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Wow. This book is incredible. Disturbing – absolutely, upsetting – in a number of ways, but it draws you in so completely that you won’t be able to put it down.
The Roanoak Girls is the story of a young girl (Lane) who is sent to live with her grandparents following the suicide of her depressive mother. When she arrives at their bizzare, sprawling house in the backwaters of America, she meets her cousin Allegra who bears an uncanny resemblance to her. The two become friends, but Lane discovers a dark secret about the family which ultimately pushes her to leave. Years later, Lane receives a call from her grandfather telling her that Allegra is missing. Lane returns to the house and as a result of her hunt for her cousin, begins to uncover even more of the secrets that Roanoak hides, including the reasons behind the freak deaths and disappearances that continue to occur within the family. Written in chapters that alternate between the past and the present day, the Roanoak Girls keeps you on the edge of your seat as you become ensnared in the horrific secrets that hide within the house.
I really had to take a day or two to digest this book before I could bring myself to review it. The novel deals with some awful content matter so should be plastered in trigger warnings for suicide, rape, incest… I don’t want to give away too much but seriously, if you’ve been affected by any kind of abuse then please be warned. In saying that, I was utterly gripped by the story and absolutely devoured it in one day. You really are kept guessing and so much goes on that you have to keep reading to find out what happens next.
The novel has some brilliantly strong characters including the main character Lane and her cousin Allegra. I loved the way that the girls befriended each other and their complex relationships with other family members, as well as each other. It would have been very easy to have Lane run away from Roanoak and never look back but I completely understood her loyalty to her cousin which made her return, despite the terrible secrets that she had to explore in order to find the truth. In terms of Allegra, I struggled to understand some of her decisions but could see that she was obviously deeply disturbed by the events which had happened. She’s a really complex character and although she said and did some things which I found absolutely repulsive I found myself becoming absolutely fascinated by her. By the end of the novel you realise that every single character is flawed which again adds to the suspense – who can you trust?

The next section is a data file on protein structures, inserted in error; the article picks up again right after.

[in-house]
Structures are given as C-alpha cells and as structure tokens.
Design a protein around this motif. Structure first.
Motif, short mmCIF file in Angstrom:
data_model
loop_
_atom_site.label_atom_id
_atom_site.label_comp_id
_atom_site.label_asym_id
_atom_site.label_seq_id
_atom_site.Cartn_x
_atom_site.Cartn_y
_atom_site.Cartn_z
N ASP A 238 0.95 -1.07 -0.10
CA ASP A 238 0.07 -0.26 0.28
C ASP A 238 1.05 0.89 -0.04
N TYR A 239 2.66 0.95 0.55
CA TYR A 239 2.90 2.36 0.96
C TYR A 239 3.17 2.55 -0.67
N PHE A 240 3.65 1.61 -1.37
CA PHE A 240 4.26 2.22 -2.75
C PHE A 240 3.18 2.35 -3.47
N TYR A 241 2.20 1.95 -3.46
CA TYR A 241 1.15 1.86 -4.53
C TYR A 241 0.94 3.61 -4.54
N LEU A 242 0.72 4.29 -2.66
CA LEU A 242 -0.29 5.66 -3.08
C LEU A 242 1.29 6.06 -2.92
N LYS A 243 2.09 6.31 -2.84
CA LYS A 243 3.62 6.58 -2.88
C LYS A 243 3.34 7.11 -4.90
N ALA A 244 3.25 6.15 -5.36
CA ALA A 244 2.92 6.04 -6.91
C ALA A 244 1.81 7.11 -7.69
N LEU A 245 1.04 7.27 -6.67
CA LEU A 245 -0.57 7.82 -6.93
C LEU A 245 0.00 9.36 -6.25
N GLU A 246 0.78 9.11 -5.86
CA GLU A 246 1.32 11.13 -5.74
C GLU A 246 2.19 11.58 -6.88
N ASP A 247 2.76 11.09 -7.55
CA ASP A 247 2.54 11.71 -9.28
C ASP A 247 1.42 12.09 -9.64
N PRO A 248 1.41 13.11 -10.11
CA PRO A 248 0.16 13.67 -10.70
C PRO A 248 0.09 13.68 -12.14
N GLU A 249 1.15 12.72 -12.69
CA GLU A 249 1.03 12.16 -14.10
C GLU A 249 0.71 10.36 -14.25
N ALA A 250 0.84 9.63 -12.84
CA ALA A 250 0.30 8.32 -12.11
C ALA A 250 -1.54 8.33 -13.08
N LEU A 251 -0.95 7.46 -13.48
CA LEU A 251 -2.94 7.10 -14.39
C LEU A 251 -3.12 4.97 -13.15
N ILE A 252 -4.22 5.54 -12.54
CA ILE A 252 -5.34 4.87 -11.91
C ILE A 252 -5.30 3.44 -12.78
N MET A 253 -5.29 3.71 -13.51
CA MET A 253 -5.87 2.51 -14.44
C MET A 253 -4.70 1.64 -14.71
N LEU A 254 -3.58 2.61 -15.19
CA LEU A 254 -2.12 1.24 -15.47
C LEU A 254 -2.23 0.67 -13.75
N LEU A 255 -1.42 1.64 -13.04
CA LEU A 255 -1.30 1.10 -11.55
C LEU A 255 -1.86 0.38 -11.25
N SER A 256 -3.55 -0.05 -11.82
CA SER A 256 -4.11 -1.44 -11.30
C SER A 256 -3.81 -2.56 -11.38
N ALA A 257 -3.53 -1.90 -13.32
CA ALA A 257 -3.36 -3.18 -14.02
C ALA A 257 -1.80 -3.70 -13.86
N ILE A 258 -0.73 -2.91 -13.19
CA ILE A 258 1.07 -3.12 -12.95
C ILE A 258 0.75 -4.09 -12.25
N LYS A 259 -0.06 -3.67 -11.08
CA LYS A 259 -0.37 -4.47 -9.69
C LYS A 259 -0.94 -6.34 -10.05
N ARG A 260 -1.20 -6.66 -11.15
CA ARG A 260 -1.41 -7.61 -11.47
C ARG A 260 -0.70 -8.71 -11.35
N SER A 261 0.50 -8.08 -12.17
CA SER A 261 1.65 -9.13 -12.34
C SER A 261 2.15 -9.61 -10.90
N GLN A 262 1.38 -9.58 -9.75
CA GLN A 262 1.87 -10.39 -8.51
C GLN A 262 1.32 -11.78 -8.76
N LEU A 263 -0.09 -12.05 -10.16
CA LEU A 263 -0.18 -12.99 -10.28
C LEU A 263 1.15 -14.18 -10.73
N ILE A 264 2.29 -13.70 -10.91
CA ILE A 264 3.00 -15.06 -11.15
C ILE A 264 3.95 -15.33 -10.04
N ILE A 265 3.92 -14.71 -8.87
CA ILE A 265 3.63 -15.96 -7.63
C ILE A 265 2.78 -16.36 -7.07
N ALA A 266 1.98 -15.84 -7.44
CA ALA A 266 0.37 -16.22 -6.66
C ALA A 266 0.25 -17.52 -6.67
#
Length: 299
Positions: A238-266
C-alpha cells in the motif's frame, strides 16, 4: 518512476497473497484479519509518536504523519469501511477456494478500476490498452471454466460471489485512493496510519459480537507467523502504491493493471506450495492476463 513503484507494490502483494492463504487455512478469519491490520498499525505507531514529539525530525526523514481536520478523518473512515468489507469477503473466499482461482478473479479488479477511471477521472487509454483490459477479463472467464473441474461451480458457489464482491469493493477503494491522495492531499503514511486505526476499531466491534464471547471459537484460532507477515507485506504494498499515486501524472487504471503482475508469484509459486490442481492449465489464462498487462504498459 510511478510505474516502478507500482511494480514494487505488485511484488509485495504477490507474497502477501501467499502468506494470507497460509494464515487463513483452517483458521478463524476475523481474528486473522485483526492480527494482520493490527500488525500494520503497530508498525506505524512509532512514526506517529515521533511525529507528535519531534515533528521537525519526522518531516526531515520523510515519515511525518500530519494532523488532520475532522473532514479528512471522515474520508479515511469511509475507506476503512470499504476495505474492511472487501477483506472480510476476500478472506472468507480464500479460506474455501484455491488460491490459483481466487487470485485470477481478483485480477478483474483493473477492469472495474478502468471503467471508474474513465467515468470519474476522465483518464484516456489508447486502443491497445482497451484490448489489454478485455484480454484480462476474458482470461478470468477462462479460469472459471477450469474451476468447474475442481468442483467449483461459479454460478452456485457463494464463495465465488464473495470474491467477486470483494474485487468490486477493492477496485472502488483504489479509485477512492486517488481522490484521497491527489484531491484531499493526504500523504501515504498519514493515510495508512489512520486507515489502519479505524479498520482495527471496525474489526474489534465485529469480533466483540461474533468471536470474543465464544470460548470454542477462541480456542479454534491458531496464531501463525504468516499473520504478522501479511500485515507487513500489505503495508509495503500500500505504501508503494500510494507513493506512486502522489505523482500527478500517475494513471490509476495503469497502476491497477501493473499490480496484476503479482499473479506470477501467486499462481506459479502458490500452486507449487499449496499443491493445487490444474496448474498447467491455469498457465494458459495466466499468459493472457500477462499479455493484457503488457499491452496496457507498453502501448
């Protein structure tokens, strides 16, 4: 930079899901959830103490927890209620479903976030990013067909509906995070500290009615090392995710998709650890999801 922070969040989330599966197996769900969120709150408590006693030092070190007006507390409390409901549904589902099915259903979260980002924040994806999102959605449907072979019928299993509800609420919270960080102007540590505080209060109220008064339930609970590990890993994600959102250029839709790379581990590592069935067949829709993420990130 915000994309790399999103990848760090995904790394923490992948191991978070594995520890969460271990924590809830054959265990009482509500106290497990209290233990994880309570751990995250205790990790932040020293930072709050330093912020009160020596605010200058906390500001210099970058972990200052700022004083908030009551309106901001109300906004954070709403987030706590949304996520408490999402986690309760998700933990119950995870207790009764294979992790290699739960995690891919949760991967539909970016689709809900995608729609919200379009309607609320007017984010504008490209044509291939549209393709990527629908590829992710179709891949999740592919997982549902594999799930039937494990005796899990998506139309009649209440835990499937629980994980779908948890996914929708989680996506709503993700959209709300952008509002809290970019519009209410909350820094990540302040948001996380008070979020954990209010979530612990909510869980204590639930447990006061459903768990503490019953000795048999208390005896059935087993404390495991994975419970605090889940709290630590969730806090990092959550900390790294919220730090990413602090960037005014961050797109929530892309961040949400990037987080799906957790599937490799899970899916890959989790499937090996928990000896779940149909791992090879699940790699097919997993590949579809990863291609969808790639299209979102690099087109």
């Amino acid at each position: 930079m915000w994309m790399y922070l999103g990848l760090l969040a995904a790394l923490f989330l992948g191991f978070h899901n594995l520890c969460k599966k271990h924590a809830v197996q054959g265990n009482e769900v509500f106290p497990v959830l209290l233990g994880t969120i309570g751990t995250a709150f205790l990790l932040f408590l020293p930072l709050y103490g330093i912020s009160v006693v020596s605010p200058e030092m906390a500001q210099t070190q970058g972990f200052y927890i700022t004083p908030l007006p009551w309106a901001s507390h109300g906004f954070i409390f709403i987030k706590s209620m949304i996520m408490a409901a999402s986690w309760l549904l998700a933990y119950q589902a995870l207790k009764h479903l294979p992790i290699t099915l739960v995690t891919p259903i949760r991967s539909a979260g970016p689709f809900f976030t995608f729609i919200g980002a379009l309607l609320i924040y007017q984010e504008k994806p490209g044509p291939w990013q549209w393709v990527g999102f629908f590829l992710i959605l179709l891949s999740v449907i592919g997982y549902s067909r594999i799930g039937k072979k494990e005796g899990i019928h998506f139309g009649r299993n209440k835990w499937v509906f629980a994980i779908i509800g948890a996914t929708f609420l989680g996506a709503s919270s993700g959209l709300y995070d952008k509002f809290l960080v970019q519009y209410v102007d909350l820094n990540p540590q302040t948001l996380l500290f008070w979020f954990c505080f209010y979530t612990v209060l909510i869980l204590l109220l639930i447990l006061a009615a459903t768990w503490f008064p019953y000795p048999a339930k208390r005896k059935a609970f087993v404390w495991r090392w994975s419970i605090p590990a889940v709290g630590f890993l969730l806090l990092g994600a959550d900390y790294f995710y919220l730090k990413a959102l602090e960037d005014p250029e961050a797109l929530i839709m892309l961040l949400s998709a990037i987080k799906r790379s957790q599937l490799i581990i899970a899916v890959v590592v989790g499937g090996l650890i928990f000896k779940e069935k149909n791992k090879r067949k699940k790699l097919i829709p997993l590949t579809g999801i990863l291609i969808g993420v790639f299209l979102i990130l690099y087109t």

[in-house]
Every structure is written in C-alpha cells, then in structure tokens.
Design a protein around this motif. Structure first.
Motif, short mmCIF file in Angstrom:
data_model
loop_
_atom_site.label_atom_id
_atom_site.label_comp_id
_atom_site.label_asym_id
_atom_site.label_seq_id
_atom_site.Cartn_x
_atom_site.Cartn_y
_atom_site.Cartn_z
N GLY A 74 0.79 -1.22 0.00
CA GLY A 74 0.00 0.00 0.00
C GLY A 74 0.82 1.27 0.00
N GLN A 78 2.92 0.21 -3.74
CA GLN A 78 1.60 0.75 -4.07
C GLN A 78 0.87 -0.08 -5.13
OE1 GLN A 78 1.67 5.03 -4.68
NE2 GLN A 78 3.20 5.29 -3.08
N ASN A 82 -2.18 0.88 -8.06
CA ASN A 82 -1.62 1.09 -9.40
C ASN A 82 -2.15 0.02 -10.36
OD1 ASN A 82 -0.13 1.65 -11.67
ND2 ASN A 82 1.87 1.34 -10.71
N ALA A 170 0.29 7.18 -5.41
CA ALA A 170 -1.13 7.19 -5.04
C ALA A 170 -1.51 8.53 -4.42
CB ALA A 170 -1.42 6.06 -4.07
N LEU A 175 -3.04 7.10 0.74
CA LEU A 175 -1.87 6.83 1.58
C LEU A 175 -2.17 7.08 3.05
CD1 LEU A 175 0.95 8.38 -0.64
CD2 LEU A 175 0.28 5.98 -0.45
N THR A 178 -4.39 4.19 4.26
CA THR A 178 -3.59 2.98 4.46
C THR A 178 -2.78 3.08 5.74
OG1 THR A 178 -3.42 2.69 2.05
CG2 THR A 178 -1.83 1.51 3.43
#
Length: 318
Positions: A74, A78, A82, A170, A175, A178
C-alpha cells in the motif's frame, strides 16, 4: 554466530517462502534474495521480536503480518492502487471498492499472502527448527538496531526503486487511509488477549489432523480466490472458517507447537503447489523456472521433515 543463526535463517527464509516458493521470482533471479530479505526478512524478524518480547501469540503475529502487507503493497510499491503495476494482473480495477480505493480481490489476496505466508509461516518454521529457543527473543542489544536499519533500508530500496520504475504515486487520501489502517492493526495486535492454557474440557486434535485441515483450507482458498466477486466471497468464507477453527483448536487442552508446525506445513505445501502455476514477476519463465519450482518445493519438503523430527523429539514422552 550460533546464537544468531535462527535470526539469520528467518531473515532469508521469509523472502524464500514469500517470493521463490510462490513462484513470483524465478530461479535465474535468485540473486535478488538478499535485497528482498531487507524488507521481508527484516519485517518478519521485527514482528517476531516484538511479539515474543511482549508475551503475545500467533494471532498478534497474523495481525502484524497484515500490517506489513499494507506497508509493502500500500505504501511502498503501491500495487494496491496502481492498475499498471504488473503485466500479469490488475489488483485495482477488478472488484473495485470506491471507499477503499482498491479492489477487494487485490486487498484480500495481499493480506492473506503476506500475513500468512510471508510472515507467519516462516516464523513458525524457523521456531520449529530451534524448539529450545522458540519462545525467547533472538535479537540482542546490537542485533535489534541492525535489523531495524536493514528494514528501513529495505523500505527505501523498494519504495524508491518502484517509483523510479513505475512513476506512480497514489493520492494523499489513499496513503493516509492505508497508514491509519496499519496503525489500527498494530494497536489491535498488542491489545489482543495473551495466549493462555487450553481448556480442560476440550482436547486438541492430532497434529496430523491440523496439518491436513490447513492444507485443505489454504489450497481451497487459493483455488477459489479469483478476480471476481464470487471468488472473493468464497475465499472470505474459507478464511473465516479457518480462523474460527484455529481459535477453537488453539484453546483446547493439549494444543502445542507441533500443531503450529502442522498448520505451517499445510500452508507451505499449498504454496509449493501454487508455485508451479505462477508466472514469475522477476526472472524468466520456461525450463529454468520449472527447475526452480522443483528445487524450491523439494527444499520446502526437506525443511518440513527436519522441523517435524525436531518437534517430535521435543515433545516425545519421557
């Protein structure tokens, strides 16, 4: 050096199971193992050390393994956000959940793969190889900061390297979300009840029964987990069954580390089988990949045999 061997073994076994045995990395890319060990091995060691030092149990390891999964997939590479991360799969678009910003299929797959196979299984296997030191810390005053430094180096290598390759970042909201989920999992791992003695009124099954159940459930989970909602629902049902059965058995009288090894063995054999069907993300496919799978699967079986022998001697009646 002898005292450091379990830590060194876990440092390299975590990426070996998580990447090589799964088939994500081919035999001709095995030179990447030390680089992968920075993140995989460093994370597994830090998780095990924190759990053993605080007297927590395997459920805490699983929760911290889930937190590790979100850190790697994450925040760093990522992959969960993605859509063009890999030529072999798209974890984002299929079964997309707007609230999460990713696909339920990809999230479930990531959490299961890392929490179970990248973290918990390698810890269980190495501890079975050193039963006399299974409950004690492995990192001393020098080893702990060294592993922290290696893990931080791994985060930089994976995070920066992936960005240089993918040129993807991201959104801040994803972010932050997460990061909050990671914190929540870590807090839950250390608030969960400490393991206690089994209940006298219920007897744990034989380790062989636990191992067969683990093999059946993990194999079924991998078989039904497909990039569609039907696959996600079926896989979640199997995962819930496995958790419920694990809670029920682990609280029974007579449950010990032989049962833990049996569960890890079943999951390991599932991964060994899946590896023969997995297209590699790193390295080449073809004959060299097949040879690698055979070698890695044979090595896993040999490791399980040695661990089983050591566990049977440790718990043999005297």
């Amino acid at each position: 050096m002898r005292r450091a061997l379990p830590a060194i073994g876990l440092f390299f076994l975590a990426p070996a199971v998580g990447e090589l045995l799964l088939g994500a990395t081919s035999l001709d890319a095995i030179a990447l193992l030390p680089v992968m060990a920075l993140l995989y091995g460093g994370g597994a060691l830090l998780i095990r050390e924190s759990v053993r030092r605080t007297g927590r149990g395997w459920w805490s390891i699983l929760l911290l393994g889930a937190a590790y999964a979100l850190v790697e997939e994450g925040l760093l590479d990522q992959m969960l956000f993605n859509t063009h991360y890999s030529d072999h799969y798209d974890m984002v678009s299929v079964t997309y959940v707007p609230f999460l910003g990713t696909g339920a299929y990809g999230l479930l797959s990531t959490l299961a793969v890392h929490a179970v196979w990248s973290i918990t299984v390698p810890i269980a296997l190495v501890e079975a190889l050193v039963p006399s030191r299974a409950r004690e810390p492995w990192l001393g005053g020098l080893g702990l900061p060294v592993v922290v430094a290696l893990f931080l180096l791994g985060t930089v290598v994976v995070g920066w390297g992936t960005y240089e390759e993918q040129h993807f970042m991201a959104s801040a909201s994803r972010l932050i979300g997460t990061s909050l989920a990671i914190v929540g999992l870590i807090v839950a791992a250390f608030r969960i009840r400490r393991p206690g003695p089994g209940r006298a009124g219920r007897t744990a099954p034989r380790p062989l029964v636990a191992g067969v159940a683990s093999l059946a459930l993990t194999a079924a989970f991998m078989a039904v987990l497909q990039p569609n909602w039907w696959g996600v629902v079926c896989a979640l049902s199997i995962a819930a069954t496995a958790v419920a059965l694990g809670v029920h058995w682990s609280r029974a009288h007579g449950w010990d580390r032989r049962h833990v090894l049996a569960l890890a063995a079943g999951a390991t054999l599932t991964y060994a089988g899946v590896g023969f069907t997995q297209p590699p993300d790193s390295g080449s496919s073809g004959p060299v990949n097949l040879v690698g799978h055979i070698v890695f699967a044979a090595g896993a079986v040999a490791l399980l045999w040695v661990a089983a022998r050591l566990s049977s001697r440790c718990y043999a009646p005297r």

The way that the Roanoak Girls is written is absolutely brilliant – it’s so complex and the themes covered are so dark that it’s sometimes hard to read but the author doesn’t shy away from exploring their full impact. There are little clues peppering the text which allude to some of the secrets within Roanoak – for example the novel starts with a family tree and a quote from Vladimir Nabokov – if you’ve read his most famous work this should give you some indication as to how the girls might be thought of. In terms of similarities to other books there’s something of the Gillian Flynn about it – it’s that level of creepy/gross/fully crazy characters and uncomfortable reading.
Although I can’t say I enjoyed the book it was an amazing experience to read it. If you think you can cope with reading about the abuse mentioned above then I would highly recommend it.
Thank you to By Hook or by Book for writing such a great review of The Roanoak Girls which made me want to read it!
Please note that I read this book for free via Netgalley in exchange for an honest review. Thanks, Netgalley! I also read this book as part of the Popsugar Reading Challenge #7 Read a book that’s a story within a story.